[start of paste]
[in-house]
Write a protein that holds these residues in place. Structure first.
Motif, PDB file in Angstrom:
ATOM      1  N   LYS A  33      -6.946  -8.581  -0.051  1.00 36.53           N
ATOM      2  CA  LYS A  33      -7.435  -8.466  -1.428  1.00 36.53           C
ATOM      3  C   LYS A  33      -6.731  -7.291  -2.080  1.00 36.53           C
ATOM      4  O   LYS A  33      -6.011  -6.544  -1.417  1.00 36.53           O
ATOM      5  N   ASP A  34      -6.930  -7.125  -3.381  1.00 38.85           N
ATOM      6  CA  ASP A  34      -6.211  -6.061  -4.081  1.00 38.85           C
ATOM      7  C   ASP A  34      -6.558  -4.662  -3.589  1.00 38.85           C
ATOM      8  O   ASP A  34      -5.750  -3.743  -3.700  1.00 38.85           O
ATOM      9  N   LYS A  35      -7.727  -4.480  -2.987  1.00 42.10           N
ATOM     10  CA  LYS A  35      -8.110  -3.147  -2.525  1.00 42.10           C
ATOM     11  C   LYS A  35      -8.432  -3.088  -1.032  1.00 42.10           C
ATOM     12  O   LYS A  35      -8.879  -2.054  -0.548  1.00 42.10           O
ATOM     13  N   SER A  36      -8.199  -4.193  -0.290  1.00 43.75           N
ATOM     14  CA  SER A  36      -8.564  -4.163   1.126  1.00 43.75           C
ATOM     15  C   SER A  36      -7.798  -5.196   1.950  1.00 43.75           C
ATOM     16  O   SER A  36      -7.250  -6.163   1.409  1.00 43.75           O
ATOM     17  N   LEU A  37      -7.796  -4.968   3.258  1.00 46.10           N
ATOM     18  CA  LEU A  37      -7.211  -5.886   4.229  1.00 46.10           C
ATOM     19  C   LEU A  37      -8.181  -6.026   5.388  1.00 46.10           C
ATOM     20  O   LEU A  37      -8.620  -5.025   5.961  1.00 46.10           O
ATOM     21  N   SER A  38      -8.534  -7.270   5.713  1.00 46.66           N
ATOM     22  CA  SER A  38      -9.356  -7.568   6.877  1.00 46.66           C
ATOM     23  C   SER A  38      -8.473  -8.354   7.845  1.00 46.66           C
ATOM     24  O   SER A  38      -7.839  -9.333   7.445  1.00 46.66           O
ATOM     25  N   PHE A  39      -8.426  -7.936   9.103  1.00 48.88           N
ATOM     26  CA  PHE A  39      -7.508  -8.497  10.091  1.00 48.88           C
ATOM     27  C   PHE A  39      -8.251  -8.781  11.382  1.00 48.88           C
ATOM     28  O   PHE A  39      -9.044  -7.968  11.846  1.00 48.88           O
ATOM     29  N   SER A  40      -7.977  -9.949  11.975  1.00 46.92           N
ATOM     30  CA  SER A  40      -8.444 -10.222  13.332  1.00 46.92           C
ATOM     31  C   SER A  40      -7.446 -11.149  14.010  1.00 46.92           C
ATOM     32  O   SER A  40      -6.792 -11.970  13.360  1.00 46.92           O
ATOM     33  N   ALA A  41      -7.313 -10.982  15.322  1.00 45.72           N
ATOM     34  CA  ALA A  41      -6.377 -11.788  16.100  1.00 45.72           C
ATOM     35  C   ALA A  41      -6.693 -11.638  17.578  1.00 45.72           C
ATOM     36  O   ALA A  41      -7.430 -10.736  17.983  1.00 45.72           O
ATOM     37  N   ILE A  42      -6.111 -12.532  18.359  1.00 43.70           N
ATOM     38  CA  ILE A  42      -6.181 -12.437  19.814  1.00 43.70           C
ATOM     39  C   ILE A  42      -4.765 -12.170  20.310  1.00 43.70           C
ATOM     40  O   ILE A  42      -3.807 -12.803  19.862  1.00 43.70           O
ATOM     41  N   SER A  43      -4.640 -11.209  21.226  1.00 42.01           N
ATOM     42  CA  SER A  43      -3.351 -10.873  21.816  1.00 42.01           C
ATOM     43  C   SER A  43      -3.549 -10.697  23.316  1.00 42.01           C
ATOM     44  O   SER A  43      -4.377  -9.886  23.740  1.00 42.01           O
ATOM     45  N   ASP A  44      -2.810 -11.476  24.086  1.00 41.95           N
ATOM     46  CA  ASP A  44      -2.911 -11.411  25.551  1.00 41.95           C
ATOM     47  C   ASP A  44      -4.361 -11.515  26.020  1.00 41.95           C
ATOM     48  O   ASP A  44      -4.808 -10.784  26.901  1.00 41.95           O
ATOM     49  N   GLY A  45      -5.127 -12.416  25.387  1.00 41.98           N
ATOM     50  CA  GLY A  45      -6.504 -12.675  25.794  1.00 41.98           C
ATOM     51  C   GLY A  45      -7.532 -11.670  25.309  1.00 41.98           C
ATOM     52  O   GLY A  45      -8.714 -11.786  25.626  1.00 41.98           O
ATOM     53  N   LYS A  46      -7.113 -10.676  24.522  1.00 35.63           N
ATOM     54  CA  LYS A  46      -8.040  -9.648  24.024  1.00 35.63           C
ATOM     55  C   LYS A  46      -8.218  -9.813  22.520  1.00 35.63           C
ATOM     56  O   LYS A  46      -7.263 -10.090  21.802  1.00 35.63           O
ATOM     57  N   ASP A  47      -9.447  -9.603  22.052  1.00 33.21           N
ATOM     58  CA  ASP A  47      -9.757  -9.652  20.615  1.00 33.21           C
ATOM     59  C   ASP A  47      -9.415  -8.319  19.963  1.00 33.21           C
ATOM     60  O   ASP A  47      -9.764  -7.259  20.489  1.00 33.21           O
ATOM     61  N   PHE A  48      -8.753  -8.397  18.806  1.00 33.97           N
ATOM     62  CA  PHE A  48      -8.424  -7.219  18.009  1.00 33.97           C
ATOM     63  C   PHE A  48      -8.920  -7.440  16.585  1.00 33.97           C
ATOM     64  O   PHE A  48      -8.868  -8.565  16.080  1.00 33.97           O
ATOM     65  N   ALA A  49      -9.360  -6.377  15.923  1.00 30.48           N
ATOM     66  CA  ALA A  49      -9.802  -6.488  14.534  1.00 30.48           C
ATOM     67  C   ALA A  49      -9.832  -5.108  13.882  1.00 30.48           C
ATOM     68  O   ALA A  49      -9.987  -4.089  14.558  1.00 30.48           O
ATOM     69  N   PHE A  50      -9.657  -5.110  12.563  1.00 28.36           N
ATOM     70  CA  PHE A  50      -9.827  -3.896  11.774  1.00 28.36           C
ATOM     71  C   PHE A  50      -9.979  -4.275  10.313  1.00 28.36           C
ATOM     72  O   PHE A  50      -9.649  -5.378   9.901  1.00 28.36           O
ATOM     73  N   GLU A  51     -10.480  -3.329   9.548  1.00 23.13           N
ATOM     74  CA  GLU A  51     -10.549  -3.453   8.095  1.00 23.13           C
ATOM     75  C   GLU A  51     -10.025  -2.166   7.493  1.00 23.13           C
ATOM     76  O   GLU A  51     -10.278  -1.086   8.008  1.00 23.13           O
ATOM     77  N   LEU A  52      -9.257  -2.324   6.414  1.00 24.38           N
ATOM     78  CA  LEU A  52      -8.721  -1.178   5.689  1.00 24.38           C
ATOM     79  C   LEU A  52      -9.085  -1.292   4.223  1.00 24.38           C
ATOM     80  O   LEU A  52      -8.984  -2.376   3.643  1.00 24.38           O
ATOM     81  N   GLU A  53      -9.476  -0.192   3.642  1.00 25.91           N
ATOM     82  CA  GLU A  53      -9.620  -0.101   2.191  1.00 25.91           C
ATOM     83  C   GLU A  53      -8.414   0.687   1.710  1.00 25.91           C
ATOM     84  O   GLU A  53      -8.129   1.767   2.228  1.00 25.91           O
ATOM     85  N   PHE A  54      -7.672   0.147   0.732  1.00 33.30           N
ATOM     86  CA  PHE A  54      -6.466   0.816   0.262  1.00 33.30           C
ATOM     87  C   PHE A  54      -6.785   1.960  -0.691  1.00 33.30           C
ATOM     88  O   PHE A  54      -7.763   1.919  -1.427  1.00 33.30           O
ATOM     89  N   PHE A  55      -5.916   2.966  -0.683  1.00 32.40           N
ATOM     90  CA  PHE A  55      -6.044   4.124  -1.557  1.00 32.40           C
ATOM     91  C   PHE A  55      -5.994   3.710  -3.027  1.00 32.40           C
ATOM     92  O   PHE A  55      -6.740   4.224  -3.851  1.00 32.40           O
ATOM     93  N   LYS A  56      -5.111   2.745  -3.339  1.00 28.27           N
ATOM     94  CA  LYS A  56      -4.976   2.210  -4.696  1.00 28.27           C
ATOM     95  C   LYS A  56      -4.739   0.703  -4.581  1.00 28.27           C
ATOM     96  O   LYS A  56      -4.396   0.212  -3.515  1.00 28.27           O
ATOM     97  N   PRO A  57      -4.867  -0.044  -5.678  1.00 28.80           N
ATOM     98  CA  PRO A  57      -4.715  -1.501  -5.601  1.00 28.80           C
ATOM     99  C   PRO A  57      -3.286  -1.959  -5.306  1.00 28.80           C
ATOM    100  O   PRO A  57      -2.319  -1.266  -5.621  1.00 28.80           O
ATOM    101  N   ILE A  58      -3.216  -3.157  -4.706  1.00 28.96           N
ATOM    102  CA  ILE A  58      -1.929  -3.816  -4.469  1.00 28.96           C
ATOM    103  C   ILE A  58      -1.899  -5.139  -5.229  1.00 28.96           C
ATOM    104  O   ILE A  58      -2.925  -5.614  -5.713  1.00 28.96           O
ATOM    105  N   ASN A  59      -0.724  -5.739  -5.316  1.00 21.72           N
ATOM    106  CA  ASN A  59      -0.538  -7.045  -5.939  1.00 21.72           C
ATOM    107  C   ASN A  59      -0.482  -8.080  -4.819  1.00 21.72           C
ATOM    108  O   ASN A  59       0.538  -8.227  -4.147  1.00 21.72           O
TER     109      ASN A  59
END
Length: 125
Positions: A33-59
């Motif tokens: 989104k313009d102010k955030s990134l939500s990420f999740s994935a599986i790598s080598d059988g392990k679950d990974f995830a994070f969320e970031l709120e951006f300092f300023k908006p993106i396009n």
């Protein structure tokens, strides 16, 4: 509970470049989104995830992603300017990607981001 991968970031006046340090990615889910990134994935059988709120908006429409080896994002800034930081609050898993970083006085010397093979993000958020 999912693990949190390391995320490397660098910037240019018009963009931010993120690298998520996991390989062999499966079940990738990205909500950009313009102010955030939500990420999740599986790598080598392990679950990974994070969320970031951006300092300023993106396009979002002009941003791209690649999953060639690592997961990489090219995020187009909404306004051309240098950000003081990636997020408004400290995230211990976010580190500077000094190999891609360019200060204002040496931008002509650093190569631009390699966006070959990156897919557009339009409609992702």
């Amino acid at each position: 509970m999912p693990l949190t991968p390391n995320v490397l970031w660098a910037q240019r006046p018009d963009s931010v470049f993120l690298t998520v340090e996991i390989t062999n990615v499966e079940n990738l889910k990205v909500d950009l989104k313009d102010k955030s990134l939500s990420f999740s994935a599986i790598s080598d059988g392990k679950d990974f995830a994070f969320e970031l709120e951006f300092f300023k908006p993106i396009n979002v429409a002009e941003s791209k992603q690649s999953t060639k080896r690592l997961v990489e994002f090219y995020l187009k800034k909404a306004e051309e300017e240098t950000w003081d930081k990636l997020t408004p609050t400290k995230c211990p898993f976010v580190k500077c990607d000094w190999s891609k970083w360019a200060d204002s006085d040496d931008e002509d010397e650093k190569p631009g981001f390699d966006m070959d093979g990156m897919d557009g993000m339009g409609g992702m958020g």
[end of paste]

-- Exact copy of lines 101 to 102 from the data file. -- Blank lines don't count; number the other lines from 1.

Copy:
ATOM     98  CA  PRO A  57      -4.715  -1.501  -5.601  1.00 28.80           C
ATOM     99  C   PRO A  57      -3.286  -1.959  -5.306  1.00 28.80           C